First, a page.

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Protestant critiques of Swedenborgianism first appeared shortly after the publications of his spiritual writings in the middle of the 18th century. Protestant theologians focused most closely on his teachings and those of his followers through the 19th century, and since then have afforded Swedenborgianism relatively little attention.1 The primary ...


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I intend to respond considering primarily the 'mainstream' Protestant denominations, with minimal (if any) reference to the more obscure sects. This is because I think the term 'Protestant' belongs to those who accept a handful of certain beliefs (trinity, faith-centered outlook, etc) that are often not present in the more rare denominations. Referring to ...


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This is a fantastic question. Here's my answer. Firstly, I would argue that the definition you use from Oxford English Dictionary is actually not as encompassing of the actual theology as it could be. Going against Oxford English Dictionary is a bold claim, so I'll provide another definition. Stanford Encyclopedia of Philosophy “Panentheism” is a ...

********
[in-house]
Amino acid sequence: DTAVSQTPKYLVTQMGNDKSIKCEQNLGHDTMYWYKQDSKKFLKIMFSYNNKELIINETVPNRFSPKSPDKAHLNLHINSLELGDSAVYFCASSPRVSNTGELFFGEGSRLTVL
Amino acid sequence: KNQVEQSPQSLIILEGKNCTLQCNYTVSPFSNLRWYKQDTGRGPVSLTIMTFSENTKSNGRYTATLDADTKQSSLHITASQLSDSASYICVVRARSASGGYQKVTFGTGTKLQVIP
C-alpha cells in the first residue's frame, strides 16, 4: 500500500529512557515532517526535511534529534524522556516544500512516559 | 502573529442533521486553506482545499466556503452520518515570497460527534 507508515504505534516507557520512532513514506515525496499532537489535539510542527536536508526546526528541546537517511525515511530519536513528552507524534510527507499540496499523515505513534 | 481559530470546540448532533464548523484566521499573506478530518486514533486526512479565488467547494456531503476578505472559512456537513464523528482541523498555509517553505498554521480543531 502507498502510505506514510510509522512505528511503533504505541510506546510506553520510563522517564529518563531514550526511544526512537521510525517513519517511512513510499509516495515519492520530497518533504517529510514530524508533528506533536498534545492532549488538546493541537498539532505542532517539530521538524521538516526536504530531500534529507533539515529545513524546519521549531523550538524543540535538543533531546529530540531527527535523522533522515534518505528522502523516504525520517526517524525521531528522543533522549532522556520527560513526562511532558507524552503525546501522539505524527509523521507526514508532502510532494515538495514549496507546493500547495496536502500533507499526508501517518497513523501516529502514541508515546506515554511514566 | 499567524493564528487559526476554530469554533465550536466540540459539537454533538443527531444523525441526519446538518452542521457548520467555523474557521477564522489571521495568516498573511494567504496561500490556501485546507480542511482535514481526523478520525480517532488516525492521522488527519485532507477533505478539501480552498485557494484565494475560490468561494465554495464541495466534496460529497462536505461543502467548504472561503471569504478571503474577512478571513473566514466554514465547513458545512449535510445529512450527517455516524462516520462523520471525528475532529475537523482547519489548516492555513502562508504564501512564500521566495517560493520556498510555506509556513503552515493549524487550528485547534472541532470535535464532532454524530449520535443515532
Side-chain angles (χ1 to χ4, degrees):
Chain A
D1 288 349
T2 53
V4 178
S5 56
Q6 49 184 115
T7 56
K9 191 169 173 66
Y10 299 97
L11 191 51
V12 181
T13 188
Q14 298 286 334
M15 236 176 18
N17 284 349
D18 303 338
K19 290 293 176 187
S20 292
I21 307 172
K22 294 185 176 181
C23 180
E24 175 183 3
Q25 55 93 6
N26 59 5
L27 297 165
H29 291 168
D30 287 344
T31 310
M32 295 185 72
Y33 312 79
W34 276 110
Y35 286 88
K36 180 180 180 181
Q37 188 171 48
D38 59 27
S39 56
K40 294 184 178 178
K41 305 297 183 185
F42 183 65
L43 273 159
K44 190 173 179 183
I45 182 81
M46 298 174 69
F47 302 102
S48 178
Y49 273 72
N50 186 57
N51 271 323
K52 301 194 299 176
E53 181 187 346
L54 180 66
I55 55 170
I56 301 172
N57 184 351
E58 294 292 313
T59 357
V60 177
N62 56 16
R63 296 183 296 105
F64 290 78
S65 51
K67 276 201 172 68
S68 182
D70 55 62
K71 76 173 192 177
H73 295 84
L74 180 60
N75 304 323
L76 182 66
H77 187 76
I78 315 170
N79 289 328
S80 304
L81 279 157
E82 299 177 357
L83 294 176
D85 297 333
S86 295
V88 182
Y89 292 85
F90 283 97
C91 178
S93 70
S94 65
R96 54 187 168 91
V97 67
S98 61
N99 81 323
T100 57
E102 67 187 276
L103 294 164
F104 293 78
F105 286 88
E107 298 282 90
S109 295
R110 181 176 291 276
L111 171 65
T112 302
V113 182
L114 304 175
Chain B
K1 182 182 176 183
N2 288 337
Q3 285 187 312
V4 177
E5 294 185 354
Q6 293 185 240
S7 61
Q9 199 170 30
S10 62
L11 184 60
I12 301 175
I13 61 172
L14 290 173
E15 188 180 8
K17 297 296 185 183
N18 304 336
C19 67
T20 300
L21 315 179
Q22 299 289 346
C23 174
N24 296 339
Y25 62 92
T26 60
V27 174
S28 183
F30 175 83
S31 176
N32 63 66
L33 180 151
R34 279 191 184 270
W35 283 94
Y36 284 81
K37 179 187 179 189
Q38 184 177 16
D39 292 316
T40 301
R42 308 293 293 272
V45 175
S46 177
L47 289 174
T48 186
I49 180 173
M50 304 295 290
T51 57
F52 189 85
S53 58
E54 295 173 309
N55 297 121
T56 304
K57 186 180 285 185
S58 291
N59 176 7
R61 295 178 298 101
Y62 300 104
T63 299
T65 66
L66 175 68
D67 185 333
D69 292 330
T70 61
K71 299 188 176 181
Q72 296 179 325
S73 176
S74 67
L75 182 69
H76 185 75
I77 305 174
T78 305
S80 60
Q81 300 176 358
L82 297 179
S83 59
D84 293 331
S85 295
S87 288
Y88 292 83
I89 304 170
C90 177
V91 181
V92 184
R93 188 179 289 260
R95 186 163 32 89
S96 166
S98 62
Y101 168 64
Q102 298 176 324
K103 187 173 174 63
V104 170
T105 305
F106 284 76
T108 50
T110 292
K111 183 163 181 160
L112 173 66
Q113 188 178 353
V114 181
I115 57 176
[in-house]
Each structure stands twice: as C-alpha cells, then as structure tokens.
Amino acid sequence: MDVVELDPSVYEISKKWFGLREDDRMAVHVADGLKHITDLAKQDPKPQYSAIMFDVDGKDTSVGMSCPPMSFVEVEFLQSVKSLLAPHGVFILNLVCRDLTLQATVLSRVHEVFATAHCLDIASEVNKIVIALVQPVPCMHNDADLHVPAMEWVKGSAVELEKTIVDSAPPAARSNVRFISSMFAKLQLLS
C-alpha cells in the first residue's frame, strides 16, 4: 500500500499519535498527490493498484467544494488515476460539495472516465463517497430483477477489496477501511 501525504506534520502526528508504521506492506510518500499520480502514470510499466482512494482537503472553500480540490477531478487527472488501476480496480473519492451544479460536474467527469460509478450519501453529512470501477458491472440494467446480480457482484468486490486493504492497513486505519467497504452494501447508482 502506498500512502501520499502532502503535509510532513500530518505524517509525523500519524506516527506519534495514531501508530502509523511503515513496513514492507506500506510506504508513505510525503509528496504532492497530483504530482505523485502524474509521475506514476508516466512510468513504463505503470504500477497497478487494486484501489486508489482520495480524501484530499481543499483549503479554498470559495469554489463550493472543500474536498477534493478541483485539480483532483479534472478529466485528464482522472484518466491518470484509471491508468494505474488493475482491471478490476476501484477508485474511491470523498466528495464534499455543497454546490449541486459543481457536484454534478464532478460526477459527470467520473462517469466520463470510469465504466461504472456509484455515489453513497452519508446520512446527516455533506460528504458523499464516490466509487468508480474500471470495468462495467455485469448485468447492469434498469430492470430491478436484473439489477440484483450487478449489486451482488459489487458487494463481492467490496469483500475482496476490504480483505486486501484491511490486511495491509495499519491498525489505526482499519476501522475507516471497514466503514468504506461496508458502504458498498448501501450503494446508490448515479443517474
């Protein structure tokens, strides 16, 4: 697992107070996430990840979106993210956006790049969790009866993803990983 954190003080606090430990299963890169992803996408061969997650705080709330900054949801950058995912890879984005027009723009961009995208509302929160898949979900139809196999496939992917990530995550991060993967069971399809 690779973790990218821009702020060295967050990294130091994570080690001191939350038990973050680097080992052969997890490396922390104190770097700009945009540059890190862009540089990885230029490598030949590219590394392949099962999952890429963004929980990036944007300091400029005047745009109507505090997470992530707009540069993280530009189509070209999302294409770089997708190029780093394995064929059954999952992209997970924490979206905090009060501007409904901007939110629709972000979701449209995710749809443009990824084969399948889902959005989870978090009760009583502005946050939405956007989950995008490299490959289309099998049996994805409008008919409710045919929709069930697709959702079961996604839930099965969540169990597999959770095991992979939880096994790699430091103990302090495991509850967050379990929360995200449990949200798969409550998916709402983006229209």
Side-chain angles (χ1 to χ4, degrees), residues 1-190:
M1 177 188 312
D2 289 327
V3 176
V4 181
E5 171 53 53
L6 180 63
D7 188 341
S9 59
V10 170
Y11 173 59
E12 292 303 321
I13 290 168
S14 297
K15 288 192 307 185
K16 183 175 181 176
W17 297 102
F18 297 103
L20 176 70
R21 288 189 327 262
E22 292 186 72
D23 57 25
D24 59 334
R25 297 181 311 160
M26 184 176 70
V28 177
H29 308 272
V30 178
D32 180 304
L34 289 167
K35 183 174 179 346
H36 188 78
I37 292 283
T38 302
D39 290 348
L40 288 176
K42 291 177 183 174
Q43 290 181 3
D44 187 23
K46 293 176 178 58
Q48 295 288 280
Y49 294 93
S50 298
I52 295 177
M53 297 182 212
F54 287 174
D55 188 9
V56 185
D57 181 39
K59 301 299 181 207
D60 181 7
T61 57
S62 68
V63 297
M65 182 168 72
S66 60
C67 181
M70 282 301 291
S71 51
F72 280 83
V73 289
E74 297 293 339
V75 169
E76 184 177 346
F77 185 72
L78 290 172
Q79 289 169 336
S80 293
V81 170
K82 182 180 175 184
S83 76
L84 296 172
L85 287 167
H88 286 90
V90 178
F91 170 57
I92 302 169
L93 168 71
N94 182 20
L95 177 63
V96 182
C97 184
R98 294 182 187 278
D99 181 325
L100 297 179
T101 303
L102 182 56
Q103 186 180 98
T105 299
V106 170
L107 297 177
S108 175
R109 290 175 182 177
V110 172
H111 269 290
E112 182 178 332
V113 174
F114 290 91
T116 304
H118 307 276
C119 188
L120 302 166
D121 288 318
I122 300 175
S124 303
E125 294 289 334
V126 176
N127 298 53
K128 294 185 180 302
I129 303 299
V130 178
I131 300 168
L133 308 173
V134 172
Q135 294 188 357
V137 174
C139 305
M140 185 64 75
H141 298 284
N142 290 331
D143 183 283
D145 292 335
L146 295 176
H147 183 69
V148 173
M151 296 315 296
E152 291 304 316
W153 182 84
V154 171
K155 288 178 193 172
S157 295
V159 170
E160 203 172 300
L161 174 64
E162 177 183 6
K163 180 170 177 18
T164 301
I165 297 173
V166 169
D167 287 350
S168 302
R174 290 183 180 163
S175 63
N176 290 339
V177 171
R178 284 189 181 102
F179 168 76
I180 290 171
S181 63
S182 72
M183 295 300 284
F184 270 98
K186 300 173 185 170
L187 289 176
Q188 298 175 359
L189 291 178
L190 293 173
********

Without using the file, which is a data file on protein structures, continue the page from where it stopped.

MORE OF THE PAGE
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Firstly, it should be noted that not all Protestants reject the doctrine of the Immaculate Conception. It is not as though there is a uniform Protestant doctrine that strictly states the Immaculate Conception to be false (if there is I am unaware of it). Martin Luther himself defended the Immaculate Conception: But the other conception, namely the ...


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Because although Christians cannot lose their salvation, they can still appear before the Lord in shame rather than in confidence (1 John 2:28). The good shepherds who watch over the flock want them to enter into the best the Lord has for them, and not be "scarcely saved" (1 Peter 4:17-18). Not all Christians will inherit a crown and rule with Christ; that ...


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Protestants actually provide a variety of interpretations of this passage. The "easy" answer, that this refers to the "unforgiveable sin," is held by some, but others argue that the case for that interpretation is weak, and suggest several alternatives. A couple of notes to begin: Protestant definitions of the unforgiveable sin vary significantly, and ...


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The simplifying or outright dismantling of liturgies has been in train since the beginning of the Reformation, particularly as it started to unfold in Switzerland under Huldrych Zwingli. From the linked Wikipedia article: Shortly before Easter (1525), Zwingli and his closest associates requested the council to cancel the mass and to introduce the new ...